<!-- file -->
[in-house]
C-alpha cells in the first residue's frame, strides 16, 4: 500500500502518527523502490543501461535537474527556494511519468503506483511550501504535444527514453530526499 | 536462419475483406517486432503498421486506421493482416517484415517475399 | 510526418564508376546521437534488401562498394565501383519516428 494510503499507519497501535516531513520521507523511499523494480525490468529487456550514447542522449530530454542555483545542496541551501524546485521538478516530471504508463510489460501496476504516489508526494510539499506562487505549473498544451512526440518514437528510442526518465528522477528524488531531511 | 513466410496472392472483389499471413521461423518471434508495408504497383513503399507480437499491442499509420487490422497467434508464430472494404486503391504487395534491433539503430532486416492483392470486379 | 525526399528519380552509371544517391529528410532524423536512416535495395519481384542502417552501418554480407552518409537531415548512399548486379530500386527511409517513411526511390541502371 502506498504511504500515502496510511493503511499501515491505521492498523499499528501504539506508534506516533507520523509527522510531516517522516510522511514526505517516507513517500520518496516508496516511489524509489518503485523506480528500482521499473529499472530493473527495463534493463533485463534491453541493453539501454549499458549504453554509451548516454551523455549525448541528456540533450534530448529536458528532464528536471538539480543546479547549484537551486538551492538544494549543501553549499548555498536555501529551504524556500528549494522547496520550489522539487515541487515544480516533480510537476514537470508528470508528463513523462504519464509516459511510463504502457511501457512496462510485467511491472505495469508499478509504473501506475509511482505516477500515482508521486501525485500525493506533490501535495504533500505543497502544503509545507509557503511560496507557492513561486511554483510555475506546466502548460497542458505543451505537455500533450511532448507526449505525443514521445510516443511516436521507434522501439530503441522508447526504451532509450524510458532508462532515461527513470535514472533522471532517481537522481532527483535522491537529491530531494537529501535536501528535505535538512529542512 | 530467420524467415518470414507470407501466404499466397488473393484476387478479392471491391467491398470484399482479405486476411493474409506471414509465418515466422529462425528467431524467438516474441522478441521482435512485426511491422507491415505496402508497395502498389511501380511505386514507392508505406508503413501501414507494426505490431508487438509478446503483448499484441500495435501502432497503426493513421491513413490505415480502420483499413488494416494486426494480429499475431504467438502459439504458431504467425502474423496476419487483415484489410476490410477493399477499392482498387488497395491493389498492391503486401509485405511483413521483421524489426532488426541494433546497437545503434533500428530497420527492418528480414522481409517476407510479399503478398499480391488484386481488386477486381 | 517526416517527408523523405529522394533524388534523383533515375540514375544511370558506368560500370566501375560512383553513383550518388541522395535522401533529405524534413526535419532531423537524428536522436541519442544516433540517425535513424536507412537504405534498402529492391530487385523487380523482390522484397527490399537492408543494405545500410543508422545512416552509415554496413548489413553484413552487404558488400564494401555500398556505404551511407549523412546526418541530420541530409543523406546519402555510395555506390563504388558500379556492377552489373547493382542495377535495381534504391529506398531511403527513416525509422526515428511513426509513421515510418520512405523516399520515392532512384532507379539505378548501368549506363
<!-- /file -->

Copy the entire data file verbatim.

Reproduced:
[in-house]
C-alpha cells in the first residue's frame, strides 16, 4: 500500500502518527523502490543501461535537474527556494511519468503506483511550501504535444527514453530526499 | 536462419475483406517486432503498421486506421493482416517484415517475399 | 510526418564508376546521437534488401562498394565501383519516428 494510503499507519497501535516531513520521507523511499523494480525490468529487456550514447542522449530530454542555483545542496541551501524546485521538478516530471504508463510489460501496476504516489508526494510539499506562487505549473498544451512526440518514437528510442526518465528522477528524488531531511 | 513466410496472392472483389499471413521461423518471434508495408504497383513503399507480437499491442499509420487490422497467434508464430472494404486503391504487395534491433539503430532486416492483392470486379 | 525526399528519380552509371544517391529528410532524423536512416535495395519481384542502417552501418554480407552518409537531415548512399548486379530500386527511409517513411526511390541502371 502506498504511504500515502496510511493503511499501515491505521492498523499499528501504539506508534506516533507520523509527522510531516517522516510522511514526505517516507513517500520518496516508496516511489524509489518503485523506480528500482521499473529499472530493473527495463534493463533485463534491453541493453539501454549499458549504453554509451548516454551523455549525448541528456540533450534530448529536458528532464528536471538539480543546479547549484537551486538551492538544494549543501553549499548555498536555501529551504524556500528549494522547496520550489522539487515541487515544480516533480510537476514537470508528470508528463513523462504519464509516459511510463504502457511501457512496462510485467511491472505495469508499478509504473501506475509511482505516477500515482508521486501525485500525493506533490501535495504533500505543497502544503509545507509557503511560496507557492513561486511554483510555475506546466502548460497542458505543451505537455500533450511532448507526449505525443514521445510516443511516436521507434522501439530503441522508447526504451532509450524510458532508462532515461527513470535514472533522471532517481537522481532527483535522491537529491530531494537529501535536501528535505535538512529542512 | 530467420524467415518470414507470407501466404499466397488473393484476387478479392471491391467491398470484399482479405486476411493474409506471414509465418515466422529462425528467431524467438516474441522478441521482435512485426511491422507491415505496402508497395502498389511501380511505386514507392508505406508503413501501414507494426505490431508487438509478446503483448499484441500495435501502432497503426493513421491513413490505415480502420483499413488494416494486426494480429499475431504467438502459439504458431504467425502474423496476419487483415484489410476490410477493399477499392482498387488497395491493389498492391503486401509485405511483413521483421524489426532488426541494433546497437545503434533500428530497420527492418528480414522481409517476407510479399503478398499480391488484386481488386477486381 | 517526416517527408523523405529522394533524388534523383533515375540514375544511370558506368560500370566501375560512383553513383550518388541522395535522401533529405524534413526535419532531423537524428536522436541519442544516433540517425535513424536507412537504405534498402529492391530487385523487380523482390522484397527490399537492408543494405545500410543508422545512416552509415554496413548489413553484413552487404558488400564494401555500398556505404551511407549523412546526418541530420541530409543523406546519402555510395555506390563504388558500379556492377552489373547493382542495377535495381534504391529506398531511403527513416525509422526515428511513426509513421515510418520512405523516399520515392532512384532507379539505378548501368549506363